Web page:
The Bricklayer

Dear Sir:

I am writing in response to your request for additional information.  When I was filling out block number 3 of the accident reporting form, I wrote “working alone” as the cause of my accident.  You said in your letter that I should explain more fully, and I hope these details will be sufficient.

I am a bricklayer.  On the day of the accident, I was working alone on the roof of a new six-story building.  When I completed my work, I discovered that about 500 pounds of brick were lying on the floor.  Rather than carry the brick down by hand, I decided to lower them in a barrel, using a pulley attached to the side of the building at the sixth floor.

I tied the rope at ground level, and I went up to the roof, swung the barrel out and loaded the brick into it.  Then I went back to the ground and untied the rope. I was holding it tight to assure a slow descent of the 500 pounds of brick.  You will remember that in block 11 of the accident reporting form I wrote that I weigh 135 pounds.

Due to my surprise at being jerked off the ground so suddenly, I lost my presence of mind, and I forgot to let go of the rope.  Needless to say, I ascended at a rather rapid rate up the side of the building.

In the vicinity of the third floor, as I was going up, I met the barrel as it was coming down.  That is how I fractured my skull and broke my collarbone.

I continued up rapidly, not stopping until the fingers of my right hand entered two knuckles deep into the pulley.

Fortunately, by this time I came to, and I managed to hold tightly to the rope in spite of the pain I was suffering.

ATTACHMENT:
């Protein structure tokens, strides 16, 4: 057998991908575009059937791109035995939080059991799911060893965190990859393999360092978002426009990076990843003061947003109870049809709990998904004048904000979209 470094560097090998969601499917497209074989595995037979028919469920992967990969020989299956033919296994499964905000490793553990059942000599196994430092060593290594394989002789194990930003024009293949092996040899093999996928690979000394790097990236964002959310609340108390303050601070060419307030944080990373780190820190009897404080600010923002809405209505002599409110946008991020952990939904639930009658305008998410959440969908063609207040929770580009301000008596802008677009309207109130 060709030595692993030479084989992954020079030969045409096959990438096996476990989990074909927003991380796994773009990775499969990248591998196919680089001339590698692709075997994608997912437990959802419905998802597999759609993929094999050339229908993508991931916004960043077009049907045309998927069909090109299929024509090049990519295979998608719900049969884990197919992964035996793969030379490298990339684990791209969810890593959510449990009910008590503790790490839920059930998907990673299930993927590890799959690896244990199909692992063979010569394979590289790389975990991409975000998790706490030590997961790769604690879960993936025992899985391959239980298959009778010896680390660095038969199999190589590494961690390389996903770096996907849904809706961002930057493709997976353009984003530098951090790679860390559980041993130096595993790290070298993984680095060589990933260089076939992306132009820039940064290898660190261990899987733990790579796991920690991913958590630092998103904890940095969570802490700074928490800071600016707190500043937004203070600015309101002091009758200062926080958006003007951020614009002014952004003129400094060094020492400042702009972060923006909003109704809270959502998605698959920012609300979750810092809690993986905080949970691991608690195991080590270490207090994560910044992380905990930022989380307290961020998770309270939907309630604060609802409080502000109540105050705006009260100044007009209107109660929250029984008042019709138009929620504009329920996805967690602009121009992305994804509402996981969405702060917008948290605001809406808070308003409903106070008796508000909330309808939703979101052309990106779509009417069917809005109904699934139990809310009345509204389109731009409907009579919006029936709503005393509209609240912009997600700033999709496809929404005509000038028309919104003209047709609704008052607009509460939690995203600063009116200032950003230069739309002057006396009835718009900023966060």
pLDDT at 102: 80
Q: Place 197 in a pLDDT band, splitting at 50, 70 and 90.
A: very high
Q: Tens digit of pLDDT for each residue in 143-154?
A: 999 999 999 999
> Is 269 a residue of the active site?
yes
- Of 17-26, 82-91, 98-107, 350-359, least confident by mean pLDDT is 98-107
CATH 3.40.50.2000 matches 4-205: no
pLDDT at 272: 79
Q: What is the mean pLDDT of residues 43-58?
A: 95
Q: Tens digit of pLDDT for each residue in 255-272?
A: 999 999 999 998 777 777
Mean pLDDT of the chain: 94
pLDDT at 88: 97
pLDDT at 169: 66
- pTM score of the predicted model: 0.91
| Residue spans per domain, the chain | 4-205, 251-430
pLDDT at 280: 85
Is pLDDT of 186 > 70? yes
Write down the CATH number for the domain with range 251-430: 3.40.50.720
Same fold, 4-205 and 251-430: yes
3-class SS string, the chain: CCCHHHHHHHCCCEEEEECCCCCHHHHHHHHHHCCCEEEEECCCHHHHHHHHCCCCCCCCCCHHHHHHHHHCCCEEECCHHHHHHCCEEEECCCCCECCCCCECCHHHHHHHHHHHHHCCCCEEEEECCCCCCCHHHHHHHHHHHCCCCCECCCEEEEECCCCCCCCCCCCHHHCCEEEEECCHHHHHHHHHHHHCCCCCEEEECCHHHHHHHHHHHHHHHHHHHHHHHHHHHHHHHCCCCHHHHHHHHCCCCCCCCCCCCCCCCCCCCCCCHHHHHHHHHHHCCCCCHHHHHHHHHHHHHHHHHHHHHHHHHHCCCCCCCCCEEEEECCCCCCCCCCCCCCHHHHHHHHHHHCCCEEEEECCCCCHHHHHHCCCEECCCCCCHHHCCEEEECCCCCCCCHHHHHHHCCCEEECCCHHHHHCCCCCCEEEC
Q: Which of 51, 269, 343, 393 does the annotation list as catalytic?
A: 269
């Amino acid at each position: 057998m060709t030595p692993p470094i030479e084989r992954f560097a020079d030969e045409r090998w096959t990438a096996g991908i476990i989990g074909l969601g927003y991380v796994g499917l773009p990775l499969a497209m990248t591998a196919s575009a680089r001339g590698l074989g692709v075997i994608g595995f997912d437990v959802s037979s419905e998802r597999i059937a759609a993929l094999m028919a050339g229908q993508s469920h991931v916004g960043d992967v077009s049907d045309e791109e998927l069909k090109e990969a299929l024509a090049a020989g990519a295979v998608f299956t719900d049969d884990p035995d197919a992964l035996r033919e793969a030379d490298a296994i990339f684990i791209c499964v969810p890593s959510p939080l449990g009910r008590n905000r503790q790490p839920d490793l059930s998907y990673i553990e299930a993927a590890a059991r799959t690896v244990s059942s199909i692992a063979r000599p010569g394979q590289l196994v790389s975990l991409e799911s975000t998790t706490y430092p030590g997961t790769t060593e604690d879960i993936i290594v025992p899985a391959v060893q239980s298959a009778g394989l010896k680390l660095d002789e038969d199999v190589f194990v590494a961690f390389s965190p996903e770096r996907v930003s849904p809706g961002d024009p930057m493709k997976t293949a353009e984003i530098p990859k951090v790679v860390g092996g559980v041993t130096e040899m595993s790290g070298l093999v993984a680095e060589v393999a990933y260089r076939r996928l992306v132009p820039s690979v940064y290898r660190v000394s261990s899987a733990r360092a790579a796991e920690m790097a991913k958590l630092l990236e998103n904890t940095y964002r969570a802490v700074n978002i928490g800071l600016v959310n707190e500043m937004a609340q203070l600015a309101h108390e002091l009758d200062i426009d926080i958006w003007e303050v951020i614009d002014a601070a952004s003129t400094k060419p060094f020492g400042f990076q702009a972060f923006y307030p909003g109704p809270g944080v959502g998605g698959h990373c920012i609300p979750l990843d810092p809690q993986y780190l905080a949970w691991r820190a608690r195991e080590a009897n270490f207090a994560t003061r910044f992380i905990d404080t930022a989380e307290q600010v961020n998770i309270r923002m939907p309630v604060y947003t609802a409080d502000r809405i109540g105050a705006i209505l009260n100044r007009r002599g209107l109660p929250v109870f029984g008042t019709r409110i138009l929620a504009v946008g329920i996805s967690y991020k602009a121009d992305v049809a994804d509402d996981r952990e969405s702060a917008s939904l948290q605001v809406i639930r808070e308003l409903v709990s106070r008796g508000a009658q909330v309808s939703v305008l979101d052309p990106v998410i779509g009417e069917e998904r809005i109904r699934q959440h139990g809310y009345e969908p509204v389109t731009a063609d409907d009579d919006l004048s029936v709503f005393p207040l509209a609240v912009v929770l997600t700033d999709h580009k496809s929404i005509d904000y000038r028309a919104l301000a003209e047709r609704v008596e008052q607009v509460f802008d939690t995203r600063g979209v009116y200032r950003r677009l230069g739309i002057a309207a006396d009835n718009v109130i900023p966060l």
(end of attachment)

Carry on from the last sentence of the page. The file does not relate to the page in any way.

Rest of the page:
At approximately the same time, however, as I was hanging by my hand, the barrel of brick hit the ground, and the bottom fell out of the barrel.  Empty, the barrel now weighed approximately 50 pounds.

You recall that I weigh 135 pounds.  As you might imagine, I began a rapid descent down the side of the building.  In the vicinity of the third floor, as I was going down, I met the barrel as it was coming up.  That is how I sprained my ankles and received lacerations on my legs and lower body.

Because of the encounter with the barrel, I was going slowly enough to lessen my injuries when I dropped onto the pile of pricks and fortunately, I only cracked three vertebrae.

I am sorry to report, however, that as I was lying there on the bricks, in pain, unable to get up, I was watching the barrel six stories above me, and again I lost my presence of mind.  I released the rope.

Sincerely,

The Bricklayer

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